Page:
A startling number of media accounts continue to demonstrate that the Border Patrol is an agency which is unable to control many of its agents and shows little willingness to provide accountability for its actions. Its agents frequently use force—sometimes deadly force—against people who do not represent a serious threat. Their agents are rarely disciplined and it is unlikely that an agent will ever face criminal charges for abusing, injuring, or killing someone. Despite claims to the contrary by leadership, the Border Patrol remains a largely unaccountable agency which acts with impunity in the name of “securing the border.”
Two events demonstrate well the extent of Border Patrol unaccountability. The first is the failure of the Department of Justice (DOJ) to bring charges against the Border Patrol in the case of Anastasio Hernández Rojas—a man who had lived in the United States for 25 years, was the father of five U.S.-born children, and was caught illegally crossing the border in May 2010 to get back to his family in San Diego. Rojas was beaten and tased, even as he lay on the ground handcuffed, suffered a heart attack, and died. The San Diego coroner’s office classified Anastasio Hernández-Rojas’s death as a homicide, concluding he suffered a heart attack as well as “bruising to his chest, stomach, hips, knees, back, lips, head and eyelids; five broken ribs; and a damaged spine.” Yet, according to DOJ, “there was insufficient evidence for federal criminal civil rights charges, or to prove beyond a reasonable doubt that government agents violated homicide statutes.” And so the case was closed in November 2015.
The second instance of Border Patrol unaccountability concerns the use of body cameras. In November 2015, after 14 months of tests and a feasibility study, U.S. Customs and Border Protection (CBP)—the parent agency of the Border Patrol—announced it would not broadly implement body-worn cameras and instead will look to expand its existing camera technologies, while continuing to study whether and where body-worn cameras might be appropriate for agents and officers. The excuses which CBP provides for not moving forward (including cost, morale of the agency, and effectiveness) will only deepen the perception that CBP wants to remain above the law.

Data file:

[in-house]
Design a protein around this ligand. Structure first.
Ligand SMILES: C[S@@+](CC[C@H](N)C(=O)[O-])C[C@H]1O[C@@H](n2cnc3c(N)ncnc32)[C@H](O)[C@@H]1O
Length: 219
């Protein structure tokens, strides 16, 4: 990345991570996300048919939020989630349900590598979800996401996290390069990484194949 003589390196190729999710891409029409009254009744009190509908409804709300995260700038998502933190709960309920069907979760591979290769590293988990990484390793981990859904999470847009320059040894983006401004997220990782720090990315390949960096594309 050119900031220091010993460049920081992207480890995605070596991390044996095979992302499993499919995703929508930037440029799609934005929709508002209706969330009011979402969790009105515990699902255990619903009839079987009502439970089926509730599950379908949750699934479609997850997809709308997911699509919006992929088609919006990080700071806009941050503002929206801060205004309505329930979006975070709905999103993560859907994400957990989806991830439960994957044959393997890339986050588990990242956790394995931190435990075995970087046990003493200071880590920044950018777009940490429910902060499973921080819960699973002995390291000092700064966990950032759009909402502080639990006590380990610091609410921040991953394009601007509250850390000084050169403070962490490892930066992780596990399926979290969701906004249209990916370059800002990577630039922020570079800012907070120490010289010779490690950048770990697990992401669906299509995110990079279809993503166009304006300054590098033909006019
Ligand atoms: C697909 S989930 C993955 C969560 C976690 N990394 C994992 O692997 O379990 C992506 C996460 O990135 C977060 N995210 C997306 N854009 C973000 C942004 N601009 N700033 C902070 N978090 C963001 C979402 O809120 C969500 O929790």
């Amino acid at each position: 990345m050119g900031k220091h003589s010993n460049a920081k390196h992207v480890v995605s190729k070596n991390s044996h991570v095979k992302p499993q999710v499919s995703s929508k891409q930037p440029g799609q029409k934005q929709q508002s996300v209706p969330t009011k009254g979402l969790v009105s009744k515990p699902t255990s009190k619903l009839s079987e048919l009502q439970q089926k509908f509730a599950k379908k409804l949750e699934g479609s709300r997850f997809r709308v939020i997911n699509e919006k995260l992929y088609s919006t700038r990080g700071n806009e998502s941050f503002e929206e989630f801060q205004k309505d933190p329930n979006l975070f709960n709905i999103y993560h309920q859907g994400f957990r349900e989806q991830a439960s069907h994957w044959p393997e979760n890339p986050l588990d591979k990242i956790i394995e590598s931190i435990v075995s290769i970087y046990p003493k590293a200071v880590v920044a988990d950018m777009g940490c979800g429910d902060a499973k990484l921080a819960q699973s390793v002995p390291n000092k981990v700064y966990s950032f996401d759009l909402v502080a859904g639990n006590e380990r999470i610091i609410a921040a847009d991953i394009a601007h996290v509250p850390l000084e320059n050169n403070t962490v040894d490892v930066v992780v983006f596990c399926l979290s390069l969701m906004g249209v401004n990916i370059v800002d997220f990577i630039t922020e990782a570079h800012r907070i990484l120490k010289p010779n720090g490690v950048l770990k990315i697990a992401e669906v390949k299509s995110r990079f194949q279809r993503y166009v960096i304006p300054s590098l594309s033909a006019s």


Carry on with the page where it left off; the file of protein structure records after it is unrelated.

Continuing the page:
The problems within CBP are not isolated; they are systemic. For instance, an October 2015 Los Angeles Times investigation found that, from 2010 to 2013, Border Patrol agents fired their Tasers 70 times “at people who were running away, even though there was no struggle or clear indication that agents were in danger.” In at least six instances, agents used Tasers against “people who were trying to climb over the border fence back into Mexico.” Three people died after being hit by Taser fire. Two people were shocked while they were handcuffed. But agents are rarely called to account for their actions. According to the American Immigration Council, among the 485 abuse complaints made against the agency between January 2009 and January 2012 in which a formal decision was made, “No Action Taken” represented 97 percent of all outcomes.
Clearly, CBP would prefer to quietly sweep its misdeeds under the rug rather than face its problems head-on.
Photo by Shawn Allalio.
FILED UNDER: body cameras, border patrol, featured, Los Angeles